Beyond the Kelly, too, but that didn’t fit the nice little alliteration we had going
Trying to think about the breadth of Hermès's handbag output in a given year makes me feel a little dizzy. Most brands, even those who produce at a global scale, limit things in one way or another in order to simplify their supply chains: either they only make a limited number of shapes at one time, or they only make a certain number of colors. Even brands like Gucci, which seems to have an endlessly diverse product array, put the majority of their bag resources into a few big lines, like the Dionysus, Marmont, Sylvie and Ophidia collections that are out right now. The biggest exception to this is Hermès, just like Hermès is the biggest exception to almost all the rules in high-end accessories.
Not only does Hermès make the most impressively detailed array of colors in the handbag world (there are like a dozen different pinks available on the brand's website right now in various styles), but the brand applies those colors to dozens of bag styles, many of which come in multiple size and structure variations, as well as multiple hardware options. When you think about all the distinct pieces that results in, it's suddenly not so mystifying why any particular Hermès bag can be difficult to buy at any given boutique: there's simply not a whole lot of any one thing because there are so many potential things.
The most difficult Hermès things to buy, of course, are Birkin and Kelly bags—you either have to build up a relationship with a particular store, or you have to get really lucky (or, even better: both). Those designs are by far the brand's most famous pieces, which is a huge factor in why they're so hard-to-get, but that doesn't necessarily mean they're better than the other gorgeous bags the brand makes. There are just more people who know about them, which makes them scarce.
If you're new to the handbag game or just new to having an interest in Hermès, figuring out all the things the brand makes beyond the Birkin can be a little opaque. Here, we've found ten iconic, longstanding bags from the brand that are well worth knowing, plus a few details about each. You don't have to invest in a Birkin to join the Hermès club.
The Bolide has gone through several phases, but the idea for the bag dates back to 1923, when the first version was created to commemorate the launch of a new model of Bugatti. If you're interested in whether the Bolide or the similar-looking Louis Vuitton Alma Bag came first, we have all the history you could want on that story.
The original Plume Bag was released as a travel piece in the 1960s, based on archival Hermès luggage designs that stretched back another four decades. Rumor has it that the Plume was first made in the day bag size we know now at the request of legendary French actress Catherine Deneuve.
Although the Victoria II bag, which is now common, dates to 2007, I was unable to find the debut date for the original Victoria. Either way, the reasons it remains a classic are clear: the bag's simple, functional shape and roomy interior mean it could be a native to virtually any period in modern handbag design history.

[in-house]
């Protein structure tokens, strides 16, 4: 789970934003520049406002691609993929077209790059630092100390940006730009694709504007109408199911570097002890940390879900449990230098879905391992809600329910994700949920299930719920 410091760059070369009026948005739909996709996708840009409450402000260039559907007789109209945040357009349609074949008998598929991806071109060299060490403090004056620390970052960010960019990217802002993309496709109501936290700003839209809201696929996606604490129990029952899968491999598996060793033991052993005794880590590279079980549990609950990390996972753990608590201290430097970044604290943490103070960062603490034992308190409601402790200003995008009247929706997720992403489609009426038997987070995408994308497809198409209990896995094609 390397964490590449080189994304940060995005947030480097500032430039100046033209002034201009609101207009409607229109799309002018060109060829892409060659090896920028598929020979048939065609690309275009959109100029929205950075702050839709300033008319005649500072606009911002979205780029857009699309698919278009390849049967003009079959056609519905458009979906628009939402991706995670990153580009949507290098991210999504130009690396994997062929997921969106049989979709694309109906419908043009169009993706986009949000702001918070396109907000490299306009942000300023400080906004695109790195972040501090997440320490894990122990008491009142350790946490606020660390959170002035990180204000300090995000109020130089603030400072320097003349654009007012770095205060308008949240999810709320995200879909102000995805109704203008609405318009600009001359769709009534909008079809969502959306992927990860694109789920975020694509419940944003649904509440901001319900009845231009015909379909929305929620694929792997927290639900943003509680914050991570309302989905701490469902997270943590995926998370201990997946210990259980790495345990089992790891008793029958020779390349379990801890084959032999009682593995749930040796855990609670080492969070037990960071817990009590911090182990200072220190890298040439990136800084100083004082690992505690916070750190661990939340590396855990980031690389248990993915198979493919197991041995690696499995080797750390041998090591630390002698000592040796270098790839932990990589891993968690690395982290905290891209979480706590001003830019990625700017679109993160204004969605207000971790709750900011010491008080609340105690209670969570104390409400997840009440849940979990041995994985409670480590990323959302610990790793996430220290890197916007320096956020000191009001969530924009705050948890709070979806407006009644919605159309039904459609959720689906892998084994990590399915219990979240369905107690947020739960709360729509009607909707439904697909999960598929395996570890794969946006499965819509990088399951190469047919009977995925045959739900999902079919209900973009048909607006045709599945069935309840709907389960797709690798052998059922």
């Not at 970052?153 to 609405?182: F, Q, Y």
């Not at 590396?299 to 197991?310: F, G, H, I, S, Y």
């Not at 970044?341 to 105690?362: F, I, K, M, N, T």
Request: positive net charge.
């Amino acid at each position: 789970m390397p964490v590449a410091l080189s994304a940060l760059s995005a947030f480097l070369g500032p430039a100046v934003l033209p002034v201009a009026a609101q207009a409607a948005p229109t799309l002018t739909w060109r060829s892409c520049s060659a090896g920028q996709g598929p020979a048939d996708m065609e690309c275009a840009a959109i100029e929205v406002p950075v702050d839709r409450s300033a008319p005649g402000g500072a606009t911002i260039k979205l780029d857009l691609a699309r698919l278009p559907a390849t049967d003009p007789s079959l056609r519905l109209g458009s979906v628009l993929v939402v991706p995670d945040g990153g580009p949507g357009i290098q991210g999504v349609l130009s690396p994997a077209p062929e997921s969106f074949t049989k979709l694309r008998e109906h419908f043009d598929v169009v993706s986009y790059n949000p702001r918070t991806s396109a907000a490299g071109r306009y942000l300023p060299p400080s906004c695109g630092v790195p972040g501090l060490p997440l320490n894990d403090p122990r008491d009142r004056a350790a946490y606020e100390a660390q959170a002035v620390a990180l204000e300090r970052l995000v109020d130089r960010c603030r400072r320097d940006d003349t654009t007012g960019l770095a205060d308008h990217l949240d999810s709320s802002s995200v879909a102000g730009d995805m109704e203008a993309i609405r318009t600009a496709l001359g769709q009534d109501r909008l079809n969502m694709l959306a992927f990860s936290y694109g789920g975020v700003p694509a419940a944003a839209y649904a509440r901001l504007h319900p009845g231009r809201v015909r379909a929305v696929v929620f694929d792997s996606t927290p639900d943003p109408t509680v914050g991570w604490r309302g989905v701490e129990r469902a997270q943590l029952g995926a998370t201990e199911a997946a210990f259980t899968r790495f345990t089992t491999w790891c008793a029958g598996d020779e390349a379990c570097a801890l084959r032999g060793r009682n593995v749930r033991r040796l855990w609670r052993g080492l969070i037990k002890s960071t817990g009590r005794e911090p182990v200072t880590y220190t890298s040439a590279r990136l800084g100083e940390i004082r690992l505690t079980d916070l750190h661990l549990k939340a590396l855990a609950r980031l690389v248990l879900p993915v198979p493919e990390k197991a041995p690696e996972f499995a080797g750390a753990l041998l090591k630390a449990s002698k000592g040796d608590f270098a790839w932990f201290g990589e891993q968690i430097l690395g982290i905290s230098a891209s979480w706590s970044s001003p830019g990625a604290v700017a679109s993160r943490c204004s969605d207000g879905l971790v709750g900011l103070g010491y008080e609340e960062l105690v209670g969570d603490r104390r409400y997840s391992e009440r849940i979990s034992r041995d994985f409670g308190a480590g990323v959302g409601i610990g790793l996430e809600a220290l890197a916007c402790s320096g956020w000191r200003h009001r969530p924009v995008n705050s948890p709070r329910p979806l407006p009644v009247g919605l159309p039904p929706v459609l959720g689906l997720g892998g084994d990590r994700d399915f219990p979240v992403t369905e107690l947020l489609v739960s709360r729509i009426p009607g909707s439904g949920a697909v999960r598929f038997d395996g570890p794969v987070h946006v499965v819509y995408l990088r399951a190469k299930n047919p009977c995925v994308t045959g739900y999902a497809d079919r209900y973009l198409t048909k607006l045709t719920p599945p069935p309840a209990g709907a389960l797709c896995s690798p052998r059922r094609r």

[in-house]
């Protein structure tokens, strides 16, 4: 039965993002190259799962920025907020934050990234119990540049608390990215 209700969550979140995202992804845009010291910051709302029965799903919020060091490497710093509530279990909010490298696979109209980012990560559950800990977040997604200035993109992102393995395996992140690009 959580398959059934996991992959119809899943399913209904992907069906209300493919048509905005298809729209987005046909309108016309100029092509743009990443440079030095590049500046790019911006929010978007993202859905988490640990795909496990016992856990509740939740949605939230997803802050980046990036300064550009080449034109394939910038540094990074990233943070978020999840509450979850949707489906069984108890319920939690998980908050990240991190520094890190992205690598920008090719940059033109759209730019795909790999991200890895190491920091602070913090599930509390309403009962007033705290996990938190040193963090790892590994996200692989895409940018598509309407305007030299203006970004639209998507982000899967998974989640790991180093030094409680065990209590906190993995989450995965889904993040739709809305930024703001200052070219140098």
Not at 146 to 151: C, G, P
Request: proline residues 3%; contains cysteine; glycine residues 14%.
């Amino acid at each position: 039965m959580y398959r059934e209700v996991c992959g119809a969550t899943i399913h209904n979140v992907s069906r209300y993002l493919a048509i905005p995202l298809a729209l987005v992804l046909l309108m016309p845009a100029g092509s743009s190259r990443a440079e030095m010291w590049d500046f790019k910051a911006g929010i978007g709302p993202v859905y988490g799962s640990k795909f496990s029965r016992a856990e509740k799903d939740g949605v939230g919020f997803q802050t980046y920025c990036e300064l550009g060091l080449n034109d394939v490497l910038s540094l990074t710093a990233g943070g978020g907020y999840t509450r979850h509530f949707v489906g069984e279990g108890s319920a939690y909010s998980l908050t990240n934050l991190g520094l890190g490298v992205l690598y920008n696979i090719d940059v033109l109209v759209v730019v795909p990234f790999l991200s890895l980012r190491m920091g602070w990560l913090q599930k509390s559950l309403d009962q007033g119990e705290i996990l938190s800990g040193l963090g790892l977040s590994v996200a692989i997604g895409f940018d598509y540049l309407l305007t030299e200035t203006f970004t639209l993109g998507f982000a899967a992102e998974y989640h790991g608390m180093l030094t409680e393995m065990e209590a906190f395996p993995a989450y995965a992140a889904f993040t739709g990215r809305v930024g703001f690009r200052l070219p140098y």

The Garden Party Tote is another bag whose exact debut date I couldn't find, but its longstanding popularity is clear: the bag is roomy, sophisticated, totally classic and can be carried on the shoulder. It's also one of the brand's less expensive all-leather day bags.
The Constance made its debut in 1959, taking its name from one of the original designer's daughters. The Constance is the closest Hermès gets to a real logo bag, with the iconic H hardware closure gleaming from the front of all versions. If you're not a logo person, you might be interested in the brand's Roulis or 2002 bags, which feature a similarly structured flap bag style with more modest hardware.
The Evelyne was first designed to be a part of the more equestrian-centric part of the Hermès leather lineup, intended to carry grooming accessories. Now, though, the bag is firmly on the fashion accessory side of things after being relaunched in 2000. It's one of the brand's most popular pieces because of its casual, functional shape and relatively modest price tag, and it's generally widely available both in stores and online
The Medor Clutch only dates back to 2007, but the inspiration behind it is part of Hermès history dating back to the 1920s: the iconic Collier de Chien studded lock, which has graced dog collars, cuffs and watches, as well as this bold clutch. It's fast become a staple for Hermès fans.
Like the Medor, the Lindy Bag was also introduced in 2007, which turned out to be a huge year for both new designs and relaunches of older Hermès bag shapes. Unlike the Medor, the Lindy's signature isn't its hardware, but it's shape itself—the design eschews the normal rules of top handles and shoulder bags in favor of a combined structure that felt new at the time and continues to be borrowed by other brands to this day.
This bag dates back to 2002, the Picotin Lock takes significant inspiration from the brand's equestrian heritage: the shape is inspired by the feed bags hooked over horses' ears. Obviously, though, the simple, casual Picotin Lock is a little bit more sophisticated than its aesthetic beginnings suggest.
The Herbag Zip is the updated version of the Herbag, which was discontinued in 2009. Like we explained recently, you can think of it as the more casual, less expensive little sister to the iconic Kelly Bag: it has a similar belted flap closure and top handle structure, but the canvas body of the bag and ultra-simple finish makes it feel less formal and dressy.
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